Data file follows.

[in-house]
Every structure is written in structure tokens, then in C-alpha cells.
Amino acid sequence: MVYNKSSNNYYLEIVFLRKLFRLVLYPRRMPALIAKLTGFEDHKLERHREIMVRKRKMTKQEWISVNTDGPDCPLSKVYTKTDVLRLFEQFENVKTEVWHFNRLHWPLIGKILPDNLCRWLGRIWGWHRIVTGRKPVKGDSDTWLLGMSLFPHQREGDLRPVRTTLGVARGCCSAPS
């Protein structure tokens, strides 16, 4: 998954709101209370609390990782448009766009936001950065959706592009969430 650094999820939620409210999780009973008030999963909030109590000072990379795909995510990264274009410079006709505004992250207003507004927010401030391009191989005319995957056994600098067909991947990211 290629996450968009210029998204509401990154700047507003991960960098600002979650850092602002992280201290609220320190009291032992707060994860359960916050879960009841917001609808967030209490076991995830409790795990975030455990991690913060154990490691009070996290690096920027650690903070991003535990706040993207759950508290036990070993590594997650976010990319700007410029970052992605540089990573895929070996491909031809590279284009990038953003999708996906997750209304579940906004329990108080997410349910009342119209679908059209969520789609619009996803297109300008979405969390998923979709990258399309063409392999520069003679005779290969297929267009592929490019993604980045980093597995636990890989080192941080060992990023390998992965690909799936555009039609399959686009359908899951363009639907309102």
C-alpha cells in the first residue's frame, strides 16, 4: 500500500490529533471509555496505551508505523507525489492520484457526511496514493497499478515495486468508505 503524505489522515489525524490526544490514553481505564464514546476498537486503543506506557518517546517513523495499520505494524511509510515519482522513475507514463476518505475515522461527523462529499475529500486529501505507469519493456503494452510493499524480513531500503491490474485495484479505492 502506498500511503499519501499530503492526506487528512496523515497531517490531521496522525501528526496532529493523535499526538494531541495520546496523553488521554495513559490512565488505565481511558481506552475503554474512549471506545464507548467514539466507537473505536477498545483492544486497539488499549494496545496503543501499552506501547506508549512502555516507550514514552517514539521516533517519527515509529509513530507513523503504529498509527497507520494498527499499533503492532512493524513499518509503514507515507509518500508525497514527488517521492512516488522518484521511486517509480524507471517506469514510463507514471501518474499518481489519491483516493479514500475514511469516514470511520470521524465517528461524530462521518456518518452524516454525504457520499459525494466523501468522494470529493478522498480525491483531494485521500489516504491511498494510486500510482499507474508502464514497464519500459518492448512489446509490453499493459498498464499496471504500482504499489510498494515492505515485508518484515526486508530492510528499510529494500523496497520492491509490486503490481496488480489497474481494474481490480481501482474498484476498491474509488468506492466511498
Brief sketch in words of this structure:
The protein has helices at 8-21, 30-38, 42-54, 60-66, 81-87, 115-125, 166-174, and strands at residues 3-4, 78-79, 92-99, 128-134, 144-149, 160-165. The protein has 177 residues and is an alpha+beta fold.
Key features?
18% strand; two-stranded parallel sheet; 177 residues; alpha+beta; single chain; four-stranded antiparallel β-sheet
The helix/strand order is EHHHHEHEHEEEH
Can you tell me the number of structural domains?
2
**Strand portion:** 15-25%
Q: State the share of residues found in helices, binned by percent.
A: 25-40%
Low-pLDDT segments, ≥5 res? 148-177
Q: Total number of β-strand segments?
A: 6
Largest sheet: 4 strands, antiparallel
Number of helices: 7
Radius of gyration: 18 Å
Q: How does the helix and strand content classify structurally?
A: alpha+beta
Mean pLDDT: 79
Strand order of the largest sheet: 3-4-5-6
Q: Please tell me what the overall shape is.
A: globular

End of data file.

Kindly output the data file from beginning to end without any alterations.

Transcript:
[in-house]
Every structure is written in structure tokens, then in C-alpha cells.
Amino acid sequence: MVYNKSSNNYYLEIVFLRKLFRLVLYPRRMPALIAKLTGFEDHKLERHREIMVRKRKMTKQEWISVNTDGPDCPLSKVYTKTDVLRLFEQFENVKTEVWHFNRLHWPLIGKILPDNLCRWLGRIWGWHRIVTGRKPVKGDSDTWLLGMSLFPHQREGDLRPVRTTLGVARGCCSAPS
């Protein structure tokens, strides 16, 4: 998954709101209370609390990782448009766009936001950065959706592009969430 650094999820939620409210999780009973008030999963909030109590000072990379795909995510990264274009410079006709505004992250207003507004927010401030391009191989005319995957056994600098067909991947990211 290629996450968009210029998204509401990154700047507003991960960098600002979650850092602002992280201290609220320190009291032992707060994860359960916050879960009841917001609808967030209490076991995830409790795990975030455990991690913060154990490691009070996290690096920027650690903070991003535990706040993207759950508290036990070993590594997650976010990319700007410029970052992605540089990573895929070996491909031809590279284009990038953003999708996906997750209304579940906004329990108080997410349910009342119209679908059209969520789609619009996803297109300008979405969390998923979709990258399309063409392999520069003679005779290969297929267009592929490019993604980045980093597995636990890989080192941080060992990023390998992965690909799936555009039609399959686009359908899951363009639907309102």
C-alpha cells in the first residue's frame, strides 16, 4: 500500500490529533471509555496505551508505523507525489492520484457526511496514493497499478515495486468508505 503524505489522515489525524490526544490514553481505564464514546476498537486503543506506557518517546517513523495499520505494524511509510515519482522513475507514463476518505475515522461527523462529499475529500486529501505507469519493456503494452510493499524480513531500503491490474485495484479505492 502506498500511503499519501499530503492526506487528512496523515497531517490531521496522525501528526496532529493523535499526538494531541495520546496523553488521554495513559490512565488505565481511558481506552475503554474512549471506545464507548467514539466507537473505536477498545483492544486497539488499549494496545496503543501499552506501547506508549512502555516507550514514552517514539521516533517519527515509529509513530507513523503504529498509527497507520494498527499499533503492532512493524513499518509503514507515507509518500508525497514527488517521492512516488522518484521511486517509480524507471517506469514510463507514471501518474499518481489519491483516493479514500475514511469516514470511520470521524465517528461524530462521518456518518452524516454525504457520499459525494466523501468522494470529493478522498480525491483531494485521500489516504491511498494510486500510482499507474508502464514497464519500459518492448512489446509490453499493459498498464499496471504500482504499489510498494515492505515485508518484515526486508530492510528499510529494500523496497520492491509490486503490481496488480489497474481494474481490480481501482474498484476498491474509488468506492466511498
Brief sketch in words of this structure:
The protein has helices at 8-21, 30-38, 42-54, 60-66, 81-87, 115-125, 166-174, and strands at residues 3-4, 78-79, 92-99, 128-134, 144-149, 160-165. The protein has 177 residues and is an alpha+beta fold.
Key features?
18% strand; two-stranded parallel sheet; 177 residues; alpha+beta; single chain; four-stranded antiparallel β-sheet
The helix/strand order is EHHHHEHEHEEEH
Can you tell me the number of structural domains?
2
**Strand portion:** 15-25%
Q: State the share of residues found in helices, binned by percent.
A: 25-40%
Low-pLDDT segments, ≥5 res? 148-177
Q: Total number of β-strand segments?
A: 6
Largest sheet: 4 strands, antiparallel
Number of helices: 7
Radius of gyration: 18 Å
Q: How does the helix and strand content classify structurally?
A: alpha+beta
Mean pLDDT: 79
Strand order of the largest sheet: 3-4-5-6
Q: Please tell me what the overall shape is.
A: globular